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Admiral David D. Porter, The Naval History of the Civil War., Chapter 19: battle of the forts and capture of New Orleans. (search)
e of our brave crew, and also had ten wounded. The guns were well worked and served, and when officers and men behave with such courage and coolness, I consider it a credit to the ship to say that it is impossible for me to individualize. On April 26th, at 3.25 p. m., proceeded up the river to attack some batteries; at 5 went to quarters, and at 5.35 discovered two batteries, both of which, however, had been evacuated, and gun-carriages set on fire. Sent a boat to battery on left bank and spat Isle au Breton, and to send an officer with him in the Saxon to pilot his vessel through Pass a l'outre. Mr. Oltmanns also came back from his boat expedition in the rear of Fort Jackson, having been within one mile and a half of the fort. April 26.--In the morning, Captain Boggs, of the Varuna steam gun-boat, came on board to go with me to General Butler's ship; he had lost his vessel during the passage of the fleet past the forts on the 24th, being run into from two different quarters by
Admiral David D. Porter, The Naval History of the Civil War., Chapter 20: a brave officer's mortification.--history set right. (search)
iendship and your fairness whether this diagram gives the faintest idea of the action, and whether if the names of the vessels were altered, it would not apply equally well or better to many other battles. As an evidence how far the Cayuga was ahead of the rest of the fleet the first news received at the North is announced in the New York Times of Sunday, April 27, 1862, thus: An important report from the rebels.--One of our gun-boats above Fort Jackson and San Philip. Washington, Saturday April 26th. The Richmond Examiner of the 25th, announces that one of our gun-boats passed Fort San Philip, sixty miles below New Orleans on the 24th. The report was telegraphed to Norfolk, and brought to Fortress Monroe under a flag of truce, and received from there to-day by the Navy Department. The next rebel telegram announced the arrival of the fleet before the city. The Cayuga in the interval had captured the Chalmette regiment, five miles above the forts, and cut the telegraphic comm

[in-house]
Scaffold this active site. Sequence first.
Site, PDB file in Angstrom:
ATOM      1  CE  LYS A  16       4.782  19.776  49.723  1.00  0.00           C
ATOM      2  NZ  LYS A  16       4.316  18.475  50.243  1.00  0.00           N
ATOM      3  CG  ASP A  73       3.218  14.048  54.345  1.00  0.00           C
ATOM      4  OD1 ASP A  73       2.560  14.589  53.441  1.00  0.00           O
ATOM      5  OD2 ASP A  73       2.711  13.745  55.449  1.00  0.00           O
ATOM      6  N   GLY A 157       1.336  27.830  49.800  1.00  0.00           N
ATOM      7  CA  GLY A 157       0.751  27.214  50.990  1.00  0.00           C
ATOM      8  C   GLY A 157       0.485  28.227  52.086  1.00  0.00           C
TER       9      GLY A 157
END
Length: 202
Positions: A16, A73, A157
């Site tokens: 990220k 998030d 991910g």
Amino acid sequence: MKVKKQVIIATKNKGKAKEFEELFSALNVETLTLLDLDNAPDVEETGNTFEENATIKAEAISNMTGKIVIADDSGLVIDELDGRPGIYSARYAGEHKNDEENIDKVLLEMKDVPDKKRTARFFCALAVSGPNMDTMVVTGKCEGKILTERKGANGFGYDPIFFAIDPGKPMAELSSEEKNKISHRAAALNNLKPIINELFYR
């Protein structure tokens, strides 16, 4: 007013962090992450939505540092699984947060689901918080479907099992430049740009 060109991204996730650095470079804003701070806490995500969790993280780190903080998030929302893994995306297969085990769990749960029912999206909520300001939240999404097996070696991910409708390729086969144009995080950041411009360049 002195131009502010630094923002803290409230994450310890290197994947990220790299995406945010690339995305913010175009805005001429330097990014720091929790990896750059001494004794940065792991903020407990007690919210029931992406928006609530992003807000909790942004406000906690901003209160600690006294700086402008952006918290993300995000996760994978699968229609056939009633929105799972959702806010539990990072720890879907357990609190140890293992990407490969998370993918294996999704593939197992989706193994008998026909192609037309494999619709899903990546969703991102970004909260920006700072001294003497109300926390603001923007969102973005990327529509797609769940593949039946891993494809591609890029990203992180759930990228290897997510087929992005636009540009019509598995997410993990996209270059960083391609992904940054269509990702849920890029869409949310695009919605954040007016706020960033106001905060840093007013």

Admiral David D. Porter, The Naval History of the Civil War., Chapter 41: the Red River expedition, under Major-General N. P. Banks, assisted by the Navy under Rear-Admiral David D. Porter. (search)
es had joined General Price, and the combined forces were marching upon Steele's position. Under all the circumstances, with no hope of being joined by Banks, General Steele wisely concluded to evacuate Camden and fall back. On the night of April 26th the army crossed the Washita and marched towards Little Rock, by way of Princeton and Jenkins' Ferry, on the Sabine. On the 27th, a pontoon bridge was thrown across the Sabine at the latter point, and the army reached Little Rock, and it was l and which were so little known that there was small hope of saving the iron-clad without some help from the Army, which would probably not be given. It would be impossible to convey an adequate idea of the proceedings from the 21st to the 26th of April, during which time the efforts of Lieutenant-Commander Phelps, and the officers and men of that little squadron, were devoted to the saving of this valuable iron-clad. Phelps and his command worked day and night, almost without rest, in th